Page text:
posted on Mar, 29 2006 @ 01:37 AM
I'm sure most of you have never heard of the Vilama Caldera in Argentina. I only found out about it today. Apparently it matched Yellowstone's
Mega eruption of Yellowstone's southern twin
North America isn't the only continent that's experienced super-colossal volcanic eruptions in the recent geologic past. The massive explosion of
the almost unknown Vilama Caldera in Argentina appears to have matched Yellowstone's last continent-blanketing blast. It may, in fact, be just one of
several unappreciated supervolcanoes hidden in a veritable mega-volcano nursery called the Eduardo Avaroa Caldera Complex, located in the inhospitable
Puna-Altiplano region near the tri-section of Argentina, Bolivia, and Chile.
"Vilama Caldera formed during a single event that emitted approximately 2000 cubic kilometers (almost 500 cubic miles) of pyroclastic material,"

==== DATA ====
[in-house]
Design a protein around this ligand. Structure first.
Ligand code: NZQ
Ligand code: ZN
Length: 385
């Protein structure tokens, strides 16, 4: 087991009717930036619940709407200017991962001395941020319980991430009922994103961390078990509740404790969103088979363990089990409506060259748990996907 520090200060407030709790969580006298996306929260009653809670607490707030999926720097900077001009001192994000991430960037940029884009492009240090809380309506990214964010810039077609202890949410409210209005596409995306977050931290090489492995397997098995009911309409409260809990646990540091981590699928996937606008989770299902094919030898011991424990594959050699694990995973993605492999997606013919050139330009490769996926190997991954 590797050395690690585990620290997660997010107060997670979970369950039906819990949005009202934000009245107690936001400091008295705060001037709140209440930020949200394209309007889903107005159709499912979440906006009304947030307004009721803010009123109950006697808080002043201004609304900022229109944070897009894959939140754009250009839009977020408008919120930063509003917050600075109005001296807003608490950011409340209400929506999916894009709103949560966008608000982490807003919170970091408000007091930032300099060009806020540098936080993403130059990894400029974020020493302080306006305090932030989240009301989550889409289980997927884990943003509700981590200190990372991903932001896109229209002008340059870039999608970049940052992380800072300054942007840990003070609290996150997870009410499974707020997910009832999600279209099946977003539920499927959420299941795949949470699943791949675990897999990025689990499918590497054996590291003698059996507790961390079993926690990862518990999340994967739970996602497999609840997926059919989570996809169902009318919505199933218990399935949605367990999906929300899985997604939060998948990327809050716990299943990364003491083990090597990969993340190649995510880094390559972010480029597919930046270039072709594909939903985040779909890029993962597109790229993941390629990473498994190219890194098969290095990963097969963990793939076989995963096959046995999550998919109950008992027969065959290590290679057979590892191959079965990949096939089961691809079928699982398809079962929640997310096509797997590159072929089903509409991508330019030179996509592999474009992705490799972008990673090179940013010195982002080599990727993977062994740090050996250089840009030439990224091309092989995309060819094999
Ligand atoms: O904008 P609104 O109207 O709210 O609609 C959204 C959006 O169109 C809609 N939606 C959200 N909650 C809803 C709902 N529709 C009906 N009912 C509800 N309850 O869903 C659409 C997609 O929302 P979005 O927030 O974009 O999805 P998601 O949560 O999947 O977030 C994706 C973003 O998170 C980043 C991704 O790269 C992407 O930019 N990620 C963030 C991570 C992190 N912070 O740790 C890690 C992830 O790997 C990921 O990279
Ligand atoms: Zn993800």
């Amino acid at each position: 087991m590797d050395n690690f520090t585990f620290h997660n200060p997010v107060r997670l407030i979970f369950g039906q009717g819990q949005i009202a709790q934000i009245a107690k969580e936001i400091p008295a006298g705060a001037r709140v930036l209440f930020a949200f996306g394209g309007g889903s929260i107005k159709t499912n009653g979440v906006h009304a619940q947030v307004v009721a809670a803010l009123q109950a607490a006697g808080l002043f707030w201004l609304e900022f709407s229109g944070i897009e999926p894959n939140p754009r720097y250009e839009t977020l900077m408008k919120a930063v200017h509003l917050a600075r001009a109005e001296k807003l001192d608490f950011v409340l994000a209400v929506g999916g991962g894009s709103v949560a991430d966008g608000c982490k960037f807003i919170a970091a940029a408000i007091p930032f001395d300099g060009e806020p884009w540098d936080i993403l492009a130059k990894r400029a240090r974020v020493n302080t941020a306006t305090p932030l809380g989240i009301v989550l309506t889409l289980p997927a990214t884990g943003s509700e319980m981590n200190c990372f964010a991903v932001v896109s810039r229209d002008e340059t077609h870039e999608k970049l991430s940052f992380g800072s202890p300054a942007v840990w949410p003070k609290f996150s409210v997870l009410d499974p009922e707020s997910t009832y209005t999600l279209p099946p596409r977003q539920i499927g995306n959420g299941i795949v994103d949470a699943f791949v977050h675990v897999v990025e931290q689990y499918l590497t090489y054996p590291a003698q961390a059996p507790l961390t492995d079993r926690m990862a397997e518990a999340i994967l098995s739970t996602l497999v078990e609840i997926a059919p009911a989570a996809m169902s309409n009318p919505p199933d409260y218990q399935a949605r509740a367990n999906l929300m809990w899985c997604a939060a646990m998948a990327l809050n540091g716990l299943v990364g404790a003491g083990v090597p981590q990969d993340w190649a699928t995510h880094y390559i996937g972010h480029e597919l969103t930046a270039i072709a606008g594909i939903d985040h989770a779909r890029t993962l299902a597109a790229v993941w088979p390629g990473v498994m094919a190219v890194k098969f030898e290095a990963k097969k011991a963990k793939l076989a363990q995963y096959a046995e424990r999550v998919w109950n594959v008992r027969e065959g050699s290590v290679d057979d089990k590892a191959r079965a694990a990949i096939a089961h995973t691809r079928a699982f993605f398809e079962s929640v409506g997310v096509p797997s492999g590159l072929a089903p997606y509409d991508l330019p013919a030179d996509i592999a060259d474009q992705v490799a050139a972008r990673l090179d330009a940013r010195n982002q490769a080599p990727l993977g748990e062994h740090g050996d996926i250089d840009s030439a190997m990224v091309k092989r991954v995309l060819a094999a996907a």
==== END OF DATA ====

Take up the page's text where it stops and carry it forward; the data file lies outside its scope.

said geologist Miguel M. Soler of the National University of Jujuy in San Salvador de Jujuy, Argentina. The volume of ash and pyroclastic material,
called ignimbrites, produced by the 8.4 million-year-old eruption, and the size of the associated caldera, put it among the world's largest known
eruptions, he says. Please visit the link provided for the complete story.
The report continues on to explain that the Vilama Caldera is different than Yellowstone in the sense that it was formed due to Nazca Plate kneading
the South American Plate at the point where it collides. This event also resulted in the Andes Mountain Range.
Furthermore, the geologist said that it had remained pretty much unknown because the area is rather dry. While Yellowstone has rivers flowing through
it to expose the stratification of the rocks beneath, Vilama is a veritable dust bowl -- one of the driest place on the planet.
P.S. I'm not entirely sure where this post belongs to. I figured I'd put it here since all the other volcano and tectonic plate related posts are
here. If it's in the wrong forum, mods, feel free to move it to the appropriate section.